Quote:
Originally Posted by Boots R View Post
I just read the 2nd article. Are you for ****ing real? They are trying to connect mandatory sentences with higher Hepatitis C infections?

Sounds like someone is reaching.
is it that far of a reach? you overpopulate jails & you get ramped up disease infection..

and why did you glance over: 'the massive cost of a larger prison population'
that will cost money - something like $50,000+ per year, per 'guest'.
thats ****ing real, no?

or how about
"Even conservative jurists like former U.S. Supreme Court Chief
Justice William Rehnquist have said that mandatory sentences make good
politics, but result in bad policy. Clearly, Americanizing Canada's drug laws
is not the answer."


This guy would have some 'insight' and experience on the matter, no?
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Old 11-21-2007, 04:17 PM   #10
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another scathing article

Quote:
FISH FOOD: Tories are soft on crime

Murder is murder, whether it's state sanctioned or someone like me," Ronald Smith, the Canadian on death row in the U.S. recently told CTV. He has a point. Harper's reversal of the long-standing Canadian policy to request the commutation of the death penalty of Canadians convicted in the U.S. is consistent with his general disregard for due process in the justice system, his assault on the judiciary and his soft and ineffective justice agenda.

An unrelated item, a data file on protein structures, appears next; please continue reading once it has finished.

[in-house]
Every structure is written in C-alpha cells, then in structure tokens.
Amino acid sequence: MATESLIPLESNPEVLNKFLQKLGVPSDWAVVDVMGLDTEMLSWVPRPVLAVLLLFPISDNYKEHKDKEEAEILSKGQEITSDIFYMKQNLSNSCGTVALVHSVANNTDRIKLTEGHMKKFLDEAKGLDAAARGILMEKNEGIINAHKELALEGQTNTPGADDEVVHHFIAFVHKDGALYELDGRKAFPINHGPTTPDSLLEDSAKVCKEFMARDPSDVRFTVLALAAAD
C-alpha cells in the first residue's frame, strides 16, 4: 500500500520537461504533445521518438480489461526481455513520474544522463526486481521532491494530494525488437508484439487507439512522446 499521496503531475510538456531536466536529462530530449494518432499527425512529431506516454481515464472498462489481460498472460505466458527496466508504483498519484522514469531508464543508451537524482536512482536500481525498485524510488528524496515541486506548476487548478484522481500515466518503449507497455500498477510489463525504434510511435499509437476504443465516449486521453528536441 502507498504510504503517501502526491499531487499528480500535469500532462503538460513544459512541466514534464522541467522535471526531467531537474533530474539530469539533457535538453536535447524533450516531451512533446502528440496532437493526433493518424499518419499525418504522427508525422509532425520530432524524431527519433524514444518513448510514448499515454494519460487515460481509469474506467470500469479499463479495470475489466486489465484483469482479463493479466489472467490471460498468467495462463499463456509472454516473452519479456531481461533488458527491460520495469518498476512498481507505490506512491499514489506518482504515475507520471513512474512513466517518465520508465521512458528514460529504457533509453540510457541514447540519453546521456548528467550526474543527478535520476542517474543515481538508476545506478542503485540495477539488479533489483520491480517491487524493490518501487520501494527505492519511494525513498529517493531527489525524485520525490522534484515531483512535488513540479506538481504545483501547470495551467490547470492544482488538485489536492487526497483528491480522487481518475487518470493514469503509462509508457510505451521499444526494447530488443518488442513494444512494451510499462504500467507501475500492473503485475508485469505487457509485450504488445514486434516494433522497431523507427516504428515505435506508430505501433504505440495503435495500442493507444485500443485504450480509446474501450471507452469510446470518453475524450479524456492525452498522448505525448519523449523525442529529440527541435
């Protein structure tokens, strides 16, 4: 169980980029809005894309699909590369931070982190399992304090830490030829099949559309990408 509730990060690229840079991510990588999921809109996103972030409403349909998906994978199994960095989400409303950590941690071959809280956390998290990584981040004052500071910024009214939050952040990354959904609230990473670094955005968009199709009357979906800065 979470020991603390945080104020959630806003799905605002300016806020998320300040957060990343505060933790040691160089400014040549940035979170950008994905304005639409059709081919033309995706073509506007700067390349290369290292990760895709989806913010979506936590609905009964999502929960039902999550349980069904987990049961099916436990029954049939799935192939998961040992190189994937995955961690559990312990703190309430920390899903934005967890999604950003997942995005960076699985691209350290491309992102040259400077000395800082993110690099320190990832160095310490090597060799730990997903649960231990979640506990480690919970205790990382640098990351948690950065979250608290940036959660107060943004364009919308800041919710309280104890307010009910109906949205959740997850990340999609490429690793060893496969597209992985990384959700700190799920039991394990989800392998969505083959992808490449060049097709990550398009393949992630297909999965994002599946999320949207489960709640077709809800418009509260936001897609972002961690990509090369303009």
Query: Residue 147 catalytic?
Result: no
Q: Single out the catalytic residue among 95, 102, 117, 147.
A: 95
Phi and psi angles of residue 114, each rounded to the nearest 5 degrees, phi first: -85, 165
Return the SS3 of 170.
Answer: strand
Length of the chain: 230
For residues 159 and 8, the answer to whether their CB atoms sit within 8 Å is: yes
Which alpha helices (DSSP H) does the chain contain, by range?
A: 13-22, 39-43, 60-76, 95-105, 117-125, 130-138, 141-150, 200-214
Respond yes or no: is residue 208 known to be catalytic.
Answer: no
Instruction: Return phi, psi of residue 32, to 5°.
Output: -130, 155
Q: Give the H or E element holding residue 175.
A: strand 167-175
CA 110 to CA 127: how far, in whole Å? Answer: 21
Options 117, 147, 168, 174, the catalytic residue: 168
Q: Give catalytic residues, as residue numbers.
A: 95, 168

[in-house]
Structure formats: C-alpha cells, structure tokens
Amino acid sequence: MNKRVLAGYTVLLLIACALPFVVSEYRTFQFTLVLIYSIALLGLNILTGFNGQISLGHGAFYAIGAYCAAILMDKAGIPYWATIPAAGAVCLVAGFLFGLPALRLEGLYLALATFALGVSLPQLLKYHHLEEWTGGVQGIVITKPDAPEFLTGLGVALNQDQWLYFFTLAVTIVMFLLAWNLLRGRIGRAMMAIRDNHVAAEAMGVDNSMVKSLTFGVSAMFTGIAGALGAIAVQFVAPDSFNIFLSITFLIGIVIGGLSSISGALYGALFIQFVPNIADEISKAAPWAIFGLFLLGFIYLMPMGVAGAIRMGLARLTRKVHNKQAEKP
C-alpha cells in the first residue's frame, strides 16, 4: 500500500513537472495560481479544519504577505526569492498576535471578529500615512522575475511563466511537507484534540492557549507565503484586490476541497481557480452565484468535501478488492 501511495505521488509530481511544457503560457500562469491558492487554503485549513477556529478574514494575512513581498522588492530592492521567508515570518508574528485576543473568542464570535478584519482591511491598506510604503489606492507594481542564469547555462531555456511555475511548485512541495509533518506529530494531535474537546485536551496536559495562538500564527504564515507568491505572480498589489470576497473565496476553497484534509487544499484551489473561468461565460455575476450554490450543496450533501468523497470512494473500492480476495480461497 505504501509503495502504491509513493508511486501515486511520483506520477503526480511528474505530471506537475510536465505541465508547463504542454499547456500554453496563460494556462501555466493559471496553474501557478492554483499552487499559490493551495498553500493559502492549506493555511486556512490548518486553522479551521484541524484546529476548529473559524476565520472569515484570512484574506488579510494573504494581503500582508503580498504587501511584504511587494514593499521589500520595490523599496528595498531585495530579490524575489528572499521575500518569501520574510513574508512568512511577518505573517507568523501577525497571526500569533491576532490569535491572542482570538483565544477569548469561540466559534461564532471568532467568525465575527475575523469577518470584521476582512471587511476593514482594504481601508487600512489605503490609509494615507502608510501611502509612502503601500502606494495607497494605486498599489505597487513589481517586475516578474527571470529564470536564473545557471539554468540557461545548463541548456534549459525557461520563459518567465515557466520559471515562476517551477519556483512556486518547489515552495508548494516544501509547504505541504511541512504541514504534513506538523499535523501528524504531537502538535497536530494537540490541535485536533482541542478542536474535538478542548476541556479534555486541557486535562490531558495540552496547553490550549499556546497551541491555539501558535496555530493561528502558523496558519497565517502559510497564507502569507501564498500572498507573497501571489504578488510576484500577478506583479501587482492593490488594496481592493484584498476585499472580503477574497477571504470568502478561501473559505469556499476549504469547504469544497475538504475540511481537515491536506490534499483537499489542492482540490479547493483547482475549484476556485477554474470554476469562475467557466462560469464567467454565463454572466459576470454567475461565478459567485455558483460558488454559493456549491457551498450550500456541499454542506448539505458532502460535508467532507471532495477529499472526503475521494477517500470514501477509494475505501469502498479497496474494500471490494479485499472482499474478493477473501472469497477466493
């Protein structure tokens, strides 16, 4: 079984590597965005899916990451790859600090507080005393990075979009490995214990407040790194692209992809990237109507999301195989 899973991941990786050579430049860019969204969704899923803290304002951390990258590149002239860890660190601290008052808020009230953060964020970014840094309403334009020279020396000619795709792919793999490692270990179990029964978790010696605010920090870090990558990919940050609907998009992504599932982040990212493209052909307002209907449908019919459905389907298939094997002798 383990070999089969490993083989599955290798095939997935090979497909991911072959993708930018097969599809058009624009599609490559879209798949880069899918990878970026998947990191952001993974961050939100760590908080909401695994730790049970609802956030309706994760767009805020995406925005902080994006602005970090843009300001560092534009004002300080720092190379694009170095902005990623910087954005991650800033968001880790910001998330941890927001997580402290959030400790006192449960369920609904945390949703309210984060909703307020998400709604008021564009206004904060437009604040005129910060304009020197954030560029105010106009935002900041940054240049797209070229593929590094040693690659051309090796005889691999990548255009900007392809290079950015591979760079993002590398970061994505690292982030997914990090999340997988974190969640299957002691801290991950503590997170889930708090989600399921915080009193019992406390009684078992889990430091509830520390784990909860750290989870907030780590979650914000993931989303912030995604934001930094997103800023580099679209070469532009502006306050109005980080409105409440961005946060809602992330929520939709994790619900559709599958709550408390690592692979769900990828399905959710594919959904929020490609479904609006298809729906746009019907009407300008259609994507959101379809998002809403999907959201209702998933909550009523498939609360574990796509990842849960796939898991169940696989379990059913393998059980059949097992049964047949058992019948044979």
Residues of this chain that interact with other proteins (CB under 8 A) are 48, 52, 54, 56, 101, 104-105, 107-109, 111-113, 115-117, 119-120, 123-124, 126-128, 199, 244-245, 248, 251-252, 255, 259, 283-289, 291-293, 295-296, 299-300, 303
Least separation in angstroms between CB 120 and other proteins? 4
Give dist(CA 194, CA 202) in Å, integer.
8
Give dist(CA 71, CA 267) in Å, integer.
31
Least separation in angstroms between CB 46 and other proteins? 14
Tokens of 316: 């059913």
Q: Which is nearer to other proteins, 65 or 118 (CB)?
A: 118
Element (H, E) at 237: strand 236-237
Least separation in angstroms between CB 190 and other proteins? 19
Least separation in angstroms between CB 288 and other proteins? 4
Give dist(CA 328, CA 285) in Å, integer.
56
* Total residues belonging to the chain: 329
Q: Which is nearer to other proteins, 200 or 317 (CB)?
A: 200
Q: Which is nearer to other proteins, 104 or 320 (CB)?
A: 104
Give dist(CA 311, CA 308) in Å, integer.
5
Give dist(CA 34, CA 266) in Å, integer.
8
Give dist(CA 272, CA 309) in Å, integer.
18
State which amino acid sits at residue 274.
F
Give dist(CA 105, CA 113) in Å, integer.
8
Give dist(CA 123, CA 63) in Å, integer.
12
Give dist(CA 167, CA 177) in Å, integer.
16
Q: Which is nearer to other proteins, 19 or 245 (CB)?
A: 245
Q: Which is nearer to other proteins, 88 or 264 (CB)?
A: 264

In addition to this reversal, Harper's assault on the judiciary and due process includes: (1) An election campaign speech in which he warned of Canada's liberal judiciary, which later forced Chief Justice Beverly McLachlin to take the unusual step of speaking publicly to defend the integrity of the judiciary. (2) The dismantling of the Court Challenges Program, which had assisted Canadians in asserting their Constitutional rights. The idea of minority rights protected against majority rule doesn't fit with Harper's public pandering. (3) The addition of a police representative on the committee that selects our judges, giving the government a majority on those committees. (4) Tabling a bill calling for high mandatory minimum sentences, effectively removing judges' sentencing discretion in some of the most sensitive cases. The list goes on.

Amid all this, there was a release of a shocking video of the taser-murder of a Polish immigrant at the Vancouver International Airport. Part of a rash of recent RCMP misconduct-the extent of which has not been made public because the RCMP investigates itself -it depicts four uniformed officers confronting a man who is lost and confused in an airport, but who did not pose a lethal threat, by shocking him twice with a taser gun and then wrestling him to his death. Even if state-sanctioned murder was appropriate in the case of Ronald Smith, what about in the case of the Polish immigrant and numerous other victims of the RCMP?